Billboard seeking to reunite broken Scientology families coming to Clearwater

They hope to call attention to the church's "disconnection" practice.
A billboard put up in Los Angeles by Phil and Willie Jones is dotted with dozens of faces representing Scientologists who have separated from their families, including their two children, Mike and Emily. A similar one will be going up sometime next week on East Bay Drive in Clearwater. Photo from Phil Jones
A billboard put up in Los Angeles by Phil and Willie Jones is dotted with dozens of faces representing Scientologists who have separated from their families, including their two children, Mike and Emily. A similar one will be going up sometime next week on East Bay Drive in Clearwater.Photo from Phil Jones
Published July 12 2016
Updated July 13 2016

CLEARWATER — The same, desperate plea Phil and Willie Jones plastered across a billboard in Los Angeles is scheduled to go up on East Bay Drive next week.

"To my loved one in Scientology … Call me," it will read.

The couple crowdsourced funds to put up the West Coast billboard in April as an attempt to inspire their two adult children, who are members of Scientology in Los Angeles, to reconnect with their parents. Phil Jones said since he and his wife left the religion around 2012, the church forced their children, Mike, 42, and Emily, 38, to cut off contact with their nonbelieving parents, a practice called disconnection.

Shortly after the billboard went up, Jones, 63, said he got requests from Floridians for a similar appeal in Clearwater — home of the Church of Scientology's worldwide spiritual headquarters — on behalf of other families who say they have also lost touch with loved ones.

Jones, an insurance adjuster now living in Las Vegas, didn't hesitate.

"In the end, this is not just about my wife and I and our kids anymore," he said. "There's literally thousands of people out there who have suffered from Scientology disconnection."

Initially contacted Monday afternoon, church spokesman Ben Shaw responded Tuesday afternoon stating that the Jones children "are best qualified to answer you."

In an email to the Tampa Bay Times, Emily Jones said that her parents are driven by money and that their fundraising effort to finance the billboard is a scam.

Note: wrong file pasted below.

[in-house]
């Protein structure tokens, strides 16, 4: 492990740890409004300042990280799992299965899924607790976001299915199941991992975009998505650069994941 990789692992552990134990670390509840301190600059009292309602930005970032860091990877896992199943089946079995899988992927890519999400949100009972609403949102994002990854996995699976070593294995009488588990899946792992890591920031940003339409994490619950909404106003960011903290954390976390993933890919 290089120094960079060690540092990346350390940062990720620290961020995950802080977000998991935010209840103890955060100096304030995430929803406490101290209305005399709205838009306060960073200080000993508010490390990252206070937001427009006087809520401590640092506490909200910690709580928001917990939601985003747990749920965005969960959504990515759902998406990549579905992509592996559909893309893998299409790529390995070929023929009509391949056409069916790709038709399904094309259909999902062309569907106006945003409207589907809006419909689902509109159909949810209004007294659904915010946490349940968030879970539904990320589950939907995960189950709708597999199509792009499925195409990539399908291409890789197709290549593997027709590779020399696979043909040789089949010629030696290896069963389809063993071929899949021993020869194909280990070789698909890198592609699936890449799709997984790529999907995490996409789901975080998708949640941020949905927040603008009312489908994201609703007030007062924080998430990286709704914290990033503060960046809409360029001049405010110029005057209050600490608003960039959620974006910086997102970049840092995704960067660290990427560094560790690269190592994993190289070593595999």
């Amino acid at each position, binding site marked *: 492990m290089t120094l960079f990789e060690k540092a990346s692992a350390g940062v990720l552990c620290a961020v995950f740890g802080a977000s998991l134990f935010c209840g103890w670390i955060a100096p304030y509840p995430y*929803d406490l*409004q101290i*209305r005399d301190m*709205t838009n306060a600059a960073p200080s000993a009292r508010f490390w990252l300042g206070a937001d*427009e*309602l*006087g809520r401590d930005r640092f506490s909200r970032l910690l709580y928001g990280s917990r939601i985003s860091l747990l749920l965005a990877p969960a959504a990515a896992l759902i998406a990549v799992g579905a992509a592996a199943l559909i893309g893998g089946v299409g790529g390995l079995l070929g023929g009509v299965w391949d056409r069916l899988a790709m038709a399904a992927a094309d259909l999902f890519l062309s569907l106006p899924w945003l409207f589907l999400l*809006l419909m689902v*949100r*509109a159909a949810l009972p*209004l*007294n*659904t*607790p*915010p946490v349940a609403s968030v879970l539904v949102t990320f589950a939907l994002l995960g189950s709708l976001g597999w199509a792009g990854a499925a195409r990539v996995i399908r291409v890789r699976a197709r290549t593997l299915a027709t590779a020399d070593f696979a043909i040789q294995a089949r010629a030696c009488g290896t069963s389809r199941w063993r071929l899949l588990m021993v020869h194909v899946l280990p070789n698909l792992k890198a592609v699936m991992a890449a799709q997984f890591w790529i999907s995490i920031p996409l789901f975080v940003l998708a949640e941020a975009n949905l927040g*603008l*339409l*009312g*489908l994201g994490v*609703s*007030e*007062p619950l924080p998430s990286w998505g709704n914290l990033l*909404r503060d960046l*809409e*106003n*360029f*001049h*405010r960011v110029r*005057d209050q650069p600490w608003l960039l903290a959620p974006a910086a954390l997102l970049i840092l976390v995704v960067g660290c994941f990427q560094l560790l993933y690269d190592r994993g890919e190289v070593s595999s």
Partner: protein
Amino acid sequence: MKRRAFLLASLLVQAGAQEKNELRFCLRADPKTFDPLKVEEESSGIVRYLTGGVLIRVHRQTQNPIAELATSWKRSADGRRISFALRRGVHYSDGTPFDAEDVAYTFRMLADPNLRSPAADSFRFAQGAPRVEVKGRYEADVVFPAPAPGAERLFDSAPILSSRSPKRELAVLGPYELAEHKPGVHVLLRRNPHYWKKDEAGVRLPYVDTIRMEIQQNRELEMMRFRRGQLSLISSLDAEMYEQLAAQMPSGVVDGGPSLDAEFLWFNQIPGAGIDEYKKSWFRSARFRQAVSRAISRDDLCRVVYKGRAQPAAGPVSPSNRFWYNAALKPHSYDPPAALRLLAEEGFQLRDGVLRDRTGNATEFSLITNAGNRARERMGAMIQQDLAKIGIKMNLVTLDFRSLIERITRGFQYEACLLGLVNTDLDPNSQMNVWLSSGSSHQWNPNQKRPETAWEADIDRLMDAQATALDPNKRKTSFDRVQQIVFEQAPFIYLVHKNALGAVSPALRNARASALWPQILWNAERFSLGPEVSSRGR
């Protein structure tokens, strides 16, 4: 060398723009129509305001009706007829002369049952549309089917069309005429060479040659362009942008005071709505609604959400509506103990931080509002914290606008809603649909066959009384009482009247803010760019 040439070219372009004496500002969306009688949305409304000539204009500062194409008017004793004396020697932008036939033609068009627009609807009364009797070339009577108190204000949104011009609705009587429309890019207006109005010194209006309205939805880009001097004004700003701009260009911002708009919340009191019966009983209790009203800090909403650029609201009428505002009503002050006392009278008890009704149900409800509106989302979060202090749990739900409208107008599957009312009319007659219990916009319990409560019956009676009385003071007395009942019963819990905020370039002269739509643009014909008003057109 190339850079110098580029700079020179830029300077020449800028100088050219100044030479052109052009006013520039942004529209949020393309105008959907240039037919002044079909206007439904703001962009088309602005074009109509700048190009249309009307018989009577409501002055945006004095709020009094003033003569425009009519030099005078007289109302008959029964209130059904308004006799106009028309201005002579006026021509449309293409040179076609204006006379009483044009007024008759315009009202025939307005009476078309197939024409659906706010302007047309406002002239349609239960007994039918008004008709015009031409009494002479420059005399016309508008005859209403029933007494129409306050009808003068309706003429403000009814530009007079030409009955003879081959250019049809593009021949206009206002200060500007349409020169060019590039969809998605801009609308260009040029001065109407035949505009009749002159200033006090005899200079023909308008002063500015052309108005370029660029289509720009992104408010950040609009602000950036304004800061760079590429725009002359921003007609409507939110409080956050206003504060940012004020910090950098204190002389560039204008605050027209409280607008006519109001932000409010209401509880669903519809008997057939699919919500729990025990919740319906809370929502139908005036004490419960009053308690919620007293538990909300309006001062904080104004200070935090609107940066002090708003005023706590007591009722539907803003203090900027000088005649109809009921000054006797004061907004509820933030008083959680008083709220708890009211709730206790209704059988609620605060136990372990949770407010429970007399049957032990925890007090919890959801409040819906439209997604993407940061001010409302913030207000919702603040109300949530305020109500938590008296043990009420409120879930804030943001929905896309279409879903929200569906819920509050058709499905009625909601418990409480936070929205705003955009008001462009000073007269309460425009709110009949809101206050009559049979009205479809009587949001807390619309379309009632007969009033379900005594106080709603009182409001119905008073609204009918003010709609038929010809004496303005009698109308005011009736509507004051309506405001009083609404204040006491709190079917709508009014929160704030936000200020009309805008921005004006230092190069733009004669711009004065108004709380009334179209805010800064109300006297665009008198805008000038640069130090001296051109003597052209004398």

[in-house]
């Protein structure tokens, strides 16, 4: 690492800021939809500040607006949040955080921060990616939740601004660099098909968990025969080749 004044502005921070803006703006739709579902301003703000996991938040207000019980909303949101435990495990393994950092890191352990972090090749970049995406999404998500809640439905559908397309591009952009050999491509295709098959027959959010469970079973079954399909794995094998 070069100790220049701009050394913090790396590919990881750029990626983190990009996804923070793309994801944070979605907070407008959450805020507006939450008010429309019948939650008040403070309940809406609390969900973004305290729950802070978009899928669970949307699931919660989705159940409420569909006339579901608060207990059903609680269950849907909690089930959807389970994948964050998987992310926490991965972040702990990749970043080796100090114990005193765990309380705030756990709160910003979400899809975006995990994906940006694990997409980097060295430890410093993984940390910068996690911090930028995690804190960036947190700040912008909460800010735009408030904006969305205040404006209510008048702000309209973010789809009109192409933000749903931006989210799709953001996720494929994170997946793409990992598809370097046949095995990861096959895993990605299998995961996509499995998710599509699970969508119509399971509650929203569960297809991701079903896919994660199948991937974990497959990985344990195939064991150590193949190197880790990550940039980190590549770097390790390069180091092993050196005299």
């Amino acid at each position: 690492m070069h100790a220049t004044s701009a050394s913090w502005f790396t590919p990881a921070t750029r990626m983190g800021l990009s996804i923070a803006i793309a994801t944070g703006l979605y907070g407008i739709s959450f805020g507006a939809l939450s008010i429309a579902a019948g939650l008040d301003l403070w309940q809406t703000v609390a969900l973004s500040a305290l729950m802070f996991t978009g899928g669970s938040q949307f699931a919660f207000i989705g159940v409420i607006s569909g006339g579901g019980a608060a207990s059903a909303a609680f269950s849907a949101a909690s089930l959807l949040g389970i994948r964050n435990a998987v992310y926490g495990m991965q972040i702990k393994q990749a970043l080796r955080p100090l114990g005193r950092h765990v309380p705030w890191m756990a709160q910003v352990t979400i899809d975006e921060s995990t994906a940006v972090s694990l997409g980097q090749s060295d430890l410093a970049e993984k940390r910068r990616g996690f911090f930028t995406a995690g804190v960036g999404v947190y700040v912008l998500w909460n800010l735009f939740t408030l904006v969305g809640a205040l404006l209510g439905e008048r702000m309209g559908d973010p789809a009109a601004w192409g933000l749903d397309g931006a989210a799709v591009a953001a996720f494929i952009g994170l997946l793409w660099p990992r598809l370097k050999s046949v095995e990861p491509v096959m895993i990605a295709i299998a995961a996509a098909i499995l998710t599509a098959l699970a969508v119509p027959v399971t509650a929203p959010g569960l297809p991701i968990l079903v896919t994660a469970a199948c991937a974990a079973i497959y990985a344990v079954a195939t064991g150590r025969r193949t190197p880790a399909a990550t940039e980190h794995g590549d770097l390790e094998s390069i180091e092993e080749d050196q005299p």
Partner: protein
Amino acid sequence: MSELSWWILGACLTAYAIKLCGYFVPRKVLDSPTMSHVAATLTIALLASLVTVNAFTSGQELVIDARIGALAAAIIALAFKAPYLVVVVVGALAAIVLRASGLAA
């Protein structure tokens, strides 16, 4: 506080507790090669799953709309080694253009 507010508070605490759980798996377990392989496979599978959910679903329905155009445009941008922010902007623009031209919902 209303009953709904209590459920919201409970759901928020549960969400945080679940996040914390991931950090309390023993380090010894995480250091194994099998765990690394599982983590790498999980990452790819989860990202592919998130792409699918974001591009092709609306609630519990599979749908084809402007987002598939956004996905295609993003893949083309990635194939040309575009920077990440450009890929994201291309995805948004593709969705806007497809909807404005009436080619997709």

She said her parents have harassed her and her brother by distributing handbills in her neighborhood stating they were missing and calling police to say they were being held against their will.

"The only reason our parents are bringing up our religion is because it is a prominent religion, and our parents see it as something they can capitalize on for their own profit," Emily Jones wrote.

Phil Jones started a GoFundMe.com campaign last month to cover the cost of printing and renting the billboard in Clearwater, the same way he paid for the one in Los Angeles. He hopes to continue raising money to cover the $4,000 monthly cost through the end of the year. As of Tuesday, the campaign had raised $5,370.

Although he said the billboard is scheduled to go up sometime next week on East Bay Drive, Jones declined to disclose the exact location or the billboard company in fear that church officials may interfere with his plans.

"When we did this in L.A., we went through two companies," Phil Jones said. "Every time we announced ahead of time, they shut us down. They threatened the billboard companies."

The Clearwater billboard will be identical to the one in Los Angeles, directing readers to the Joneses' website, StopScientologyDisconnection.com.

There, Jones defines disconnection as a "cruel and abusive practice" that is "the severance of all ties between a Scientologist and a friend, colleague or family member deemed to be antagonistic towards Scientology." The website of Scientology states disconnection is a "self-determined decision made by an individual" to aid spiritual progress.

A Scientologist can either handle the other person's antagonism with data about the religion or stop communicating with that person, the website states.

But Jones said the disconnection experience for his family was more forced and traumatic than that.

He and his wife spent more than 40 years in Scientology, first in his native Canada and then Clearwater. Around 2009, the couple began to quietly question the religion after reading investigative reports detailing allegations of abuse committed by church leaders. Scientology has denied those reports. The Joneses stayed under the radar for four years, disclosing their doubts to nobody out of fear they'd lose their friends, family and business contacts.

But once church officials caught wind of their misgivings, Jones said his sister, who has reached one of the highest levels in the religion, flew down from Canada to confront them.

"That was it," he said. "Overnight we lost everything."

The couple moved to Las Vegas and have been trying ever since to reach their children, who both work in the Sea Organization, the church's religious order.

Jones said he participated last month in a protest outside of the Galaxy Press building, a publishing arm of Scientology in Los Angeles, where he saw his daughter's husband.

"I called out to him and asked if he could have Emily call her mom," Jones said, "but he didn't say anything."

Although they've been unsuccessful in reuniting their family, Jones said their efforts have led to the creation of a support network that has brought some level of comfort.

The goal is for the Clearwater billboard to do the same.

"It doesn't get any easier, unfortunately," he said, "but we'll never give up."

Contact Tracey McManus at tmcmanus@tampabay.com or (727) 445-4151. Follow @TroMcManus.

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